There was credible evidence that apparel assembly factory employers continued with impunity to blacklist employees seeking to form unions. Some companies also established employer-controlled unions, thereby preventing the formation of independent unions because of the restrictions on the number of unions per company.

There were allegations that companies used collective pacts, which allow collective contracts without the presence of a union, to avoid union formation. Unions also raised concerns about the increased use of temporary contracts as well as part-time employment, suggesting that employers used these mechanisms to attempt to avoid union formation or having to provide full benefits.

Several companies in the country’s export processing zones instituted solidarity associations that, to some extent, functioned as company unions for the purposes of setting wages and negotiating working conditions.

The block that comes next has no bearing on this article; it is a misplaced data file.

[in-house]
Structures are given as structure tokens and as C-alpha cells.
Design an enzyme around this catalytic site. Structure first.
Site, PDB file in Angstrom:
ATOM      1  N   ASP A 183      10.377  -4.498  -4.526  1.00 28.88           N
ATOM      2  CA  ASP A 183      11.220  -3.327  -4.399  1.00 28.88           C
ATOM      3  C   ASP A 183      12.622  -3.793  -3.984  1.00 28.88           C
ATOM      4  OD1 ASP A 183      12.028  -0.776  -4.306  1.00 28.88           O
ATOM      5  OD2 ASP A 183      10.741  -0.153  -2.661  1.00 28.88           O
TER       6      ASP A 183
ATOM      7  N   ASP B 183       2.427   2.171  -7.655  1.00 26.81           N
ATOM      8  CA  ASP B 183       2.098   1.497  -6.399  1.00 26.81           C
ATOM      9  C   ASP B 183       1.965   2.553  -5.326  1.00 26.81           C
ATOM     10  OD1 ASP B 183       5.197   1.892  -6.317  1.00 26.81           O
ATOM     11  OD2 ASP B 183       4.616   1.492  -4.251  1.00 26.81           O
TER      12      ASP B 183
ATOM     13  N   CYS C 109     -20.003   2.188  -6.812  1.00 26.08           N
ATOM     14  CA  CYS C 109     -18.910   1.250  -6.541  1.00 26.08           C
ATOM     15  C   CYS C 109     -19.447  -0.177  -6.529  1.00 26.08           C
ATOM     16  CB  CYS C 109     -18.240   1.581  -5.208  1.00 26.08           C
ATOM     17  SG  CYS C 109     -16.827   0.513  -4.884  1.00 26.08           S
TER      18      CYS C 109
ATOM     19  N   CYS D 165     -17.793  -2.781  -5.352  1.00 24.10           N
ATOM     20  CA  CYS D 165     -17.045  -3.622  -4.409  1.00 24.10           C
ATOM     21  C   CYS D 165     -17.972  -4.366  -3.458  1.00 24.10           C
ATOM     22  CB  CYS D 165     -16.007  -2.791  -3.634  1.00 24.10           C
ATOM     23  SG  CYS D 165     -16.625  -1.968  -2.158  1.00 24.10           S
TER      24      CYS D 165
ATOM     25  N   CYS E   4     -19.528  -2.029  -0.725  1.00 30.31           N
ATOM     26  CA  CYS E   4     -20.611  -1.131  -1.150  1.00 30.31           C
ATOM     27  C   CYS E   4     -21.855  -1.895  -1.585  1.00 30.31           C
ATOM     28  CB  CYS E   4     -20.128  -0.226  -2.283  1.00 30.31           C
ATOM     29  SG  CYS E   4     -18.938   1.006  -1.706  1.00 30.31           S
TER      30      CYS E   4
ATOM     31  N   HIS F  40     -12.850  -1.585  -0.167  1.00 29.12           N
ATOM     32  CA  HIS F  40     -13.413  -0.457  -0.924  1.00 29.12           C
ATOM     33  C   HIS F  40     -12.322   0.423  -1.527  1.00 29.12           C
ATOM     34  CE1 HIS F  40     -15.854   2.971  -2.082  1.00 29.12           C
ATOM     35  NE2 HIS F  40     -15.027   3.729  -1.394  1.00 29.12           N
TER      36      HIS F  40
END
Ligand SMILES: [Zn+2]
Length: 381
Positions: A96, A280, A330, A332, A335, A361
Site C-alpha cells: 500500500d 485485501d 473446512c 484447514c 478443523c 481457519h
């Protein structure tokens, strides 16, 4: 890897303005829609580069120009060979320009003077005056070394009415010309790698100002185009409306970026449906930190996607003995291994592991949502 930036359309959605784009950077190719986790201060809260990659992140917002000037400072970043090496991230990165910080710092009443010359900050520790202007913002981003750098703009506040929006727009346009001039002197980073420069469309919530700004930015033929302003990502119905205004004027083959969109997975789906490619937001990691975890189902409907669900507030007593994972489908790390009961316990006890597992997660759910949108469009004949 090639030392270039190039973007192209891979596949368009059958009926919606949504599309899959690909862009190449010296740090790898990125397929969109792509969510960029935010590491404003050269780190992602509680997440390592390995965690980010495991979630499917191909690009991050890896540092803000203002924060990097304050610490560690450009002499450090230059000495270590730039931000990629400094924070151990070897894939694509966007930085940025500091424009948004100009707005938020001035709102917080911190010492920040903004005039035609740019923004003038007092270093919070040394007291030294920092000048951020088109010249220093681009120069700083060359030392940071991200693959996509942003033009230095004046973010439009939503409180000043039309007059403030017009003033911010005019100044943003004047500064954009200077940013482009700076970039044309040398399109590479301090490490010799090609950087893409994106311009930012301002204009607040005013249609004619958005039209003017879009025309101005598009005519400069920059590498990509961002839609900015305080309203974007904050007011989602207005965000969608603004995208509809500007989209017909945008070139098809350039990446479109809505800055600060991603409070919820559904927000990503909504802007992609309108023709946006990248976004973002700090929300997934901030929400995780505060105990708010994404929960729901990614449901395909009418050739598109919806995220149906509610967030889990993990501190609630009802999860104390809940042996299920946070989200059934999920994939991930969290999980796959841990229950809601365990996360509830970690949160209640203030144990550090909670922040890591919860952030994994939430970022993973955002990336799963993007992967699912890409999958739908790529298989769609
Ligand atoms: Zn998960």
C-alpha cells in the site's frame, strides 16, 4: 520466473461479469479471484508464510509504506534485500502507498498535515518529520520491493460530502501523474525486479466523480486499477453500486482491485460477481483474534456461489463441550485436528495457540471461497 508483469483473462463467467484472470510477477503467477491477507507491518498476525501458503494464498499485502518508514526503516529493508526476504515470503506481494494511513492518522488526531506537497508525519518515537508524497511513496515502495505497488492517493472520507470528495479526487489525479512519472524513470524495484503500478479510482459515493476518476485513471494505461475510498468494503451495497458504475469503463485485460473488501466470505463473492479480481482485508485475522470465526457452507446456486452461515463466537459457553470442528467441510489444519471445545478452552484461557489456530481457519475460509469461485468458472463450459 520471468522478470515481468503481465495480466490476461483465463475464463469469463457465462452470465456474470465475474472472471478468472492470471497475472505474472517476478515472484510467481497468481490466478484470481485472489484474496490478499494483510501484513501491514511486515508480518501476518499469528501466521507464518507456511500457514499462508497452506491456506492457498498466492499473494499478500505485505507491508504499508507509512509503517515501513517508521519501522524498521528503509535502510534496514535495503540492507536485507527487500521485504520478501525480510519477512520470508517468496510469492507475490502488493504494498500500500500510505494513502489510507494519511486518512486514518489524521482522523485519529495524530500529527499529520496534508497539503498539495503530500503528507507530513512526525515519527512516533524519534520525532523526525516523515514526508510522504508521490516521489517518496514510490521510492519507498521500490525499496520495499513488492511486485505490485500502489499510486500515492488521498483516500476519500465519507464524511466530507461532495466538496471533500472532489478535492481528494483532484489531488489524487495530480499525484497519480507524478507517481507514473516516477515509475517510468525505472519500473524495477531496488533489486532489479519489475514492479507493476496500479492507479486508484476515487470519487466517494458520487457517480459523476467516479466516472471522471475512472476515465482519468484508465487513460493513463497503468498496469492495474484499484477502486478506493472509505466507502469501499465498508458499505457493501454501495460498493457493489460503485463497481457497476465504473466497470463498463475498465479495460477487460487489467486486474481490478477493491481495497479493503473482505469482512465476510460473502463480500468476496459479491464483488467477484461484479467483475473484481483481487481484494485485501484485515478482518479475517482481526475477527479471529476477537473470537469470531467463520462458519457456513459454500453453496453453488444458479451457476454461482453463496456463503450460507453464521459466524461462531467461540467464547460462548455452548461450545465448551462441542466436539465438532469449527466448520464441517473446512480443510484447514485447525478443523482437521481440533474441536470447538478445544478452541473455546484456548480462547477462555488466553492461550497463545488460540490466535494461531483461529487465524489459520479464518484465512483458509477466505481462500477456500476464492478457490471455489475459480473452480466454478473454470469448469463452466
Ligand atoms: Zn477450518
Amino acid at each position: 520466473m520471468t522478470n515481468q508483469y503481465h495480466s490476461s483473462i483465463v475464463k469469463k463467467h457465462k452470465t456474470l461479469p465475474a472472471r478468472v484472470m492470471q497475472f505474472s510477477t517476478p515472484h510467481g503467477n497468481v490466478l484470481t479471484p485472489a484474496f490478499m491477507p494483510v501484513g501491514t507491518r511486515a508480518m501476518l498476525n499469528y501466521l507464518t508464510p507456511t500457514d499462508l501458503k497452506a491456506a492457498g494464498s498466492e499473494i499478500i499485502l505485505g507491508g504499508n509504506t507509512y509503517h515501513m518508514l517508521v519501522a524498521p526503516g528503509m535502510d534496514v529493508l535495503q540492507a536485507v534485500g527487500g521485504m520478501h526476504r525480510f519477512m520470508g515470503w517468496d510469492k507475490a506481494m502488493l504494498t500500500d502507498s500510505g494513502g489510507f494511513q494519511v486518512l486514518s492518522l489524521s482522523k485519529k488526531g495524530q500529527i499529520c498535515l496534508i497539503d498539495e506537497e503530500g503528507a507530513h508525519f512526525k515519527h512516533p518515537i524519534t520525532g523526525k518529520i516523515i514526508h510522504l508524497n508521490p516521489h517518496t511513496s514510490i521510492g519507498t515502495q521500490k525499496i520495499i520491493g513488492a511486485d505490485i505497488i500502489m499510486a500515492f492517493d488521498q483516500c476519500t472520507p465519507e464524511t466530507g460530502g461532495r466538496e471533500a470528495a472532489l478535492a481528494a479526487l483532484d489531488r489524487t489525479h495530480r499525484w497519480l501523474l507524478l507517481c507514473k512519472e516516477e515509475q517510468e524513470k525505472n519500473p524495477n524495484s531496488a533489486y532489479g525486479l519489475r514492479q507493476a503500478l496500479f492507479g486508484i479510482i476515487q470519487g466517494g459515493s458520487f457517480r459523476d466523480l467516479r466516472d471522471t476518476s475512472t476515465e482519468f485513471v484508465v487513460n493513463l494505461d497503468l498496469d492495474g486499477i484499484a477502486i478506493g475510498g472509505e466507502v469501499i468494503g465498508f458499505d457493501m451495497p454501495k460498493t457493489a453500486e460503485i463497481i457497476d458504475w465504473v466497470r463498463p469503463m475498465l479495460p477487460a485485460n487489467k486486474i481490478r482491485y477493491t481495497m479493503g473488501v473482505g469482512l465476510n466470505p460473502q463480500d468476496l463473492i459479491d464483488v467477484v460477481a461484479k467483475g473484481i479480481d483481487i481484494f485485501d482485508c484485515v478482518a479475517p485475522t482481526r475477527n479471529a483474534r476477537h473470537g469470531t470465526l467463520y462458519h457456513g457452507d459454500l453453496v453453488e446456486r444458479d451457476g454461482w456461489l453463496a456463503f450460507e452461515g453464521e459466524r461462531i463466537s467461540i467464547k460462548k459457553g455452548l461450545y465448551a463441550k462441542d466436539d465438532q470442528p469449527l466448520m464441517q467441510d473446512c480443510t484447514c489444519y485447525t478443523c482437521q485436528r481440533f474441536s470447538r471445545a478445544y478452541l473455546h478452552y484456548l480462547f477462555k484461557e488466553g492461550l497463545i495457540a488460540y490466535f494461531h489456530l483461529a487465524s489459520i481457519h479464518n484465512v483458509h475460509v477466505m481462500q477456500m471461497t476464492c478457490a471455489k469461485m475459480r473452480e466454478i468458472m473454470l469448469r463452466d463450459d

b. Prohibition of Forced or Compulsory Labor

In July the National Congress enacted a new comprehensive antitrafficking law that prohibits all forms of forced labor; however, the government did not effectively enforce the law.

Forced labor occurred in agriculture, commercial fishing, domestic services, and the transit of drugs and other illicit items. Victims were primarily impoverished men, women, and children in both rural and urban areas.

Also see the Department of State’s Trafficking in Persons Report at www.state.gov/j/tip.

c. Prohibition of Child Labor and Minimum Age for Employment